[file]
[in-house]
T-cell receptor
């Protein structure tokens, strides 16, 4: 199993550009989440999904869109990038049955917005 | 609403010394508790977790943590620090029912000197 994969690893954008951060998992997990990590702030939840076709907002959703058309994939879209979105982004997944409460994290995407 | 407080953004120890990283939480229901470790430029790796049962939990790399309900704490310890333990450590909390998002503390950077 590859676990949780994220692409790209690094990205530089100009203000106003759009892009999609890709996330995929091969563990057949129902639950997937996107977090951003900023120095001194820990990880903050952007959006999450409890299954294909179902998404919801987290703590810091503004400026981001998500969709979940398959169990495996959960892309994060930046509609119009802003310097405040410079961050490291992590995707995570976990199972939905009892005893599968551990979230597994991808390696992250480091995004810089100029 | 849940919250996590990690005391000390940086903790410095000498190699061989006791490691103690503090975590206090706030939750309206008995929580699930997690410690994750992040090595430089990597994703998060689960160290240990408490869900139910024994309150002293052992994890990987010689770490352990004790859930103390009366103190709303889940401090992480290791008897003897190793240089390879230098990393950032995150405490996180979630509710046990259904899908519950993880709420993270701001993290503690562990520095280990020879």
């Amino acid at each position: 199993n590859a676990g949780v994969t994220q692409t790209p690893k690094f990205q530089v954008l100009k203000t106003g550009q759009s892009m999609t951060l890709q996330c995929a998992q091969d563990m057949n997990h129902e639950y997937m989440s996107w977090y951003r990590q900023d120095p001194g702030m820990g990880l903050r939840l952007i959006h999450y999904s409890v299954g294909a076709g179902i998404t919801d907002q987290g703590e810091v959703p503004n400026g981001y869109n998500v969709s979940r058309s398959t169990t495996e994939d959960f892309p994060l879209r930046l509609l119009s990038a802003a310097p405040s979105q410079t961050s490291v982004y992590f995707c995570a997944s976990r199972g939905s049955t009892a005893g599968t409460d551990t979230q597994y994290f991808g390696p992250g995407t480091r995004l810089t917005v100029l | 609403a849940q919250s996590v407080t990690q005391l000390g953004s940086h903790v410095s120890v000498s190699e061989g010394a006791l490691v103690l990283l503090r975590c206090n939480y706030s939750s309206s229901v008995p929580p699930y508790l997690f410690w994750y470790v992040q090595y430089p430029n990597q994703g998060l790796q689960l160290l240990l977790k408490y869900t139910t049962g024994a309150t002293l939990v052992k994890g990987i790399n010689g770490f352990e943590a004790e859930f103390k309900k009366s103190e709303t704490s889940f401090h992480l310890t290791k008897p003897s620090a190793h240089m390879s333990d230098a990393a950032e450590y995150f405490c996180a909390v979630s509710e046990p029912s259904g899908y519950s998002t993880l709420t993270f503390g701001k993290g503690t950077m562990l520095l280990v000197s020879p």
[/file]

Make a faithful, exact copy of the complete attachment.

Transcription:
[in-house]
T-cell receptor
């Protein structure tokens, strides 16, 4: 199993550009989440999904869109990038049955917005 | 609403010394508790977790943590620090029912000197 994969690893954008951060998992997990990590702030939840076709907002959703058309994939879209979105982004997944409460994290995407 | 407080953004120890990283939480229901470790430029790796049962939990790399309900704490310890333990450590909390998002503390950077 590859676990949780994220692409790209690094990205530089100009203000106003759009892009999609890709996330995929091969563990057949129902639950997937996107977090951003900023120095001194820990990880903050952007959006999450409890299954294909179902998404919801987290703590810091503004400026981001998500969709979940398959169990495996959960892309994060930046509609119009802003310097405040410079961050490291992590995707995570976990199972939905009892005893599968551990979230597994991808390696992250480091995004810089100029 | 849940919250996590990690005391000390940086903790410095000498190699061989006791490691103690503090975590206090706030939750309206008995929580699930997690410690994750992040090595430089990597994703998060689960160290240990408490869900139910024994309150002293052992994890990987010689770490352990004790859930103390009366103190709303889940401090992480290791008897003897190793240089390879230098990393950032995150405490996180979630509710046990259904899908519950993880709420993270701001993290503690562990520095280990020879």
């Amino acid at each position: 199993n590859a676990g949780v994969t994220q692409t790209p690893k690094f990205q530089v954008l100009k203000t106003g550009q759009s892009m999609t951060l890709q996330c995929a998992q091969d563990m057949n997990h129902e639950y997937m989440s996107w977090y951003r990590q900023d120095p001194g702030m820990g990880l903050r939840l952007i959006h999450y999904s409890v299954g294909a076709g179902i998404t919801d907002q987290g703590e810091v959703p503004n400026g981001y869109n998500v969709s979940r058309s398959t169990t495996e994939d959960f892309p994060l879209r930046l509609l119009s990038a802003a310097p405040s979105q410079t961050s490291v982004y992590f995707c995570a997944s976990r199972g939905s049955t009892a005893g599968t409460d551990t979230q597994y994290f991808g390696p992250g995407t480091r995004l810089t917005v100029l | 609403a849940q919250s996590v407080t990690q005391l000390g953004s940086h903790v410095s120890v000498s190699e061989g010394a006791l490691v103690l990283l503090r975590c206090n939480y706030s939750s309206s229901v008995p929580p699930y508790l997690f410690w994750y470790v992040q090595y430089p430029n990597q994703g998060l790796q689960l160290l240990l977790k408490y869900t139910t049962g024994a309150t002293l939990v052992k994890g990987i790399n010689g770490f352990e943590a004790e859930f103390k309900k009366s103190e709303t704490s889940f401090h992480l310890t290791k008897p003897s620090a190793h240089m390879s333990d230098a990393a950032e450590y995150f405490c996180a909390v979630s509710e046990p029912s259904g899908y519950s998002t993880l709420t993270f503390g701001k993290g503690t950077m562990l520095l280990v000197s020879p």